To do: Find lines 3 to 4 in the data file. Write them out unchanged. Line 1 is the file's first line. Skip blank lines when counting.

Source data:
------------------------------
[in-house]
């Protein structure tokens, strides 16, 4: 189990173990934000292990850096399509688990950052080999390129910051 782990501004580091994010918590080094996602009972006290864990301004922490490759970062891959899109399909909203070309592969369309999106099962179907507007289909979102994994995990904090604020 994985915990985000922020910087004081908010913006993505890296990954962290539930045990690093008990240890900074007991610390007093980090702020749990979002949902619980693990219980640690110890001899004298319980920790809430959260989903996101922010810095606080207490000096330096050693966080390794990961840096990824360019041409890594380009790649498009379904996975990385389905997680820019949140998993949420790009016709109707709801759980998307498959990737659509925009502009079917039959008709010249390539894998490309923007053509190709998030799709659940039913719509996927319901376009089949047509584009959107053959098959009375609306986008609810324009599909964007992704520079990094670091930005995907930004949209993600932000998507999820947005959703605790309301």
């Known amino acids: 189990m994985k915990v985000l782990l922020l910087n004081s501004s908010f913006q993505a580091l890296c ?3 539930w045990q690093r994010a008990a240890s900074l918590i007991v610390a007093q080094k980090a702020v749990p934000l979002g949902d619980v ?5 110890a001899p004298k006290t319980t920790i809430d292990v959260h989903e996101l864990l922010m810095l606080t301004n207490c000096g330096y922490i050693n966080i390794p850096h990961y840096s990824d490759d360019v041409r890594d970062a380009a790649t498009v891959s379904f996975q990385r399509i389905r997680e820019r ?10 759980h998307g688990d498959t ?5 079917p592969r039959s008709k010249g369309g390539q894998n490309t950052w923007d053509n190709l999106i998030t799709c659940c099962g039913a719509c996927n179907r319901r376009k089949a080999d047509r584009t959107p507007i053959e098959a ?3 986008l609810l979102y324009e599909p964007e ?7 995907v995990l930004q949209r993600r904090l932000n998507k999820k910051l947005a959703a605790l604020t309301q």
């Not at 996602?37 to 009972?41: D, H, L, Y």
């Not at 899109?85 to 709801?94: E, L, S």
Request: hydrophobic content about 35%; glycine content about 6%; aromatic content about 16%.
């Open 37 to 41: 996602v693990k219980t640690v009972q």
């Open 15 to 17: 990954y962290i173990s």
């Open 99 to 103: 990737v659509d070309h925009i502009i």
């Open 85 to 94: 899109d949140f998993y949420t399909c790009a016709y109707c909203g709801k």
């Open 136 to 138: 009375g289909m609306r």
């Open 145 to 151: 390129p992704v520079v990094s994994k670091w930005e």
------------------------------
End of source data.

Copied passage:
């Known amino acids: 189990m994985k915990v985000l782990l922020l910087n004081s501004s908010f913006q993505a580091l890296c ?3 539930w045990q690093r994010a008990a240890s900074l918590i007991v610390a007093q080094k980090a702020v749990p934000l979002g949902d619980v ?5 110890a001899p004298k006290t319980t920790i809430d292990v959260h989903e996101l864990l922010m810095l606080t301004n207490c000096g330096y922490i050693n966080i390794p850096h990961y840096s990824d490759d360019v041409r890594d970062a380009a790649t498009v891959s379904f996975q990385r399509i389905r997680e820019r ?10 759980h998307g688990d498959t ?5 079917p592969r039959s008709k010249g369309g390539q894998n490309t950052w923007d053509n190709l999106i998030t799709c659940c099962g039913a719509c996927n179907r319901r376009k089949a080999d047509r584009t959107p507007i053959e098959a ?3 986008l609810l979102y324009e599909p964007e ?7 995907v995990l930004q949209r993600r904090l932000n998507k999820k910051l947005a959703a605790l604020t309301q």
């Not at 996602?37 to 009972?41: D, H, L, Y």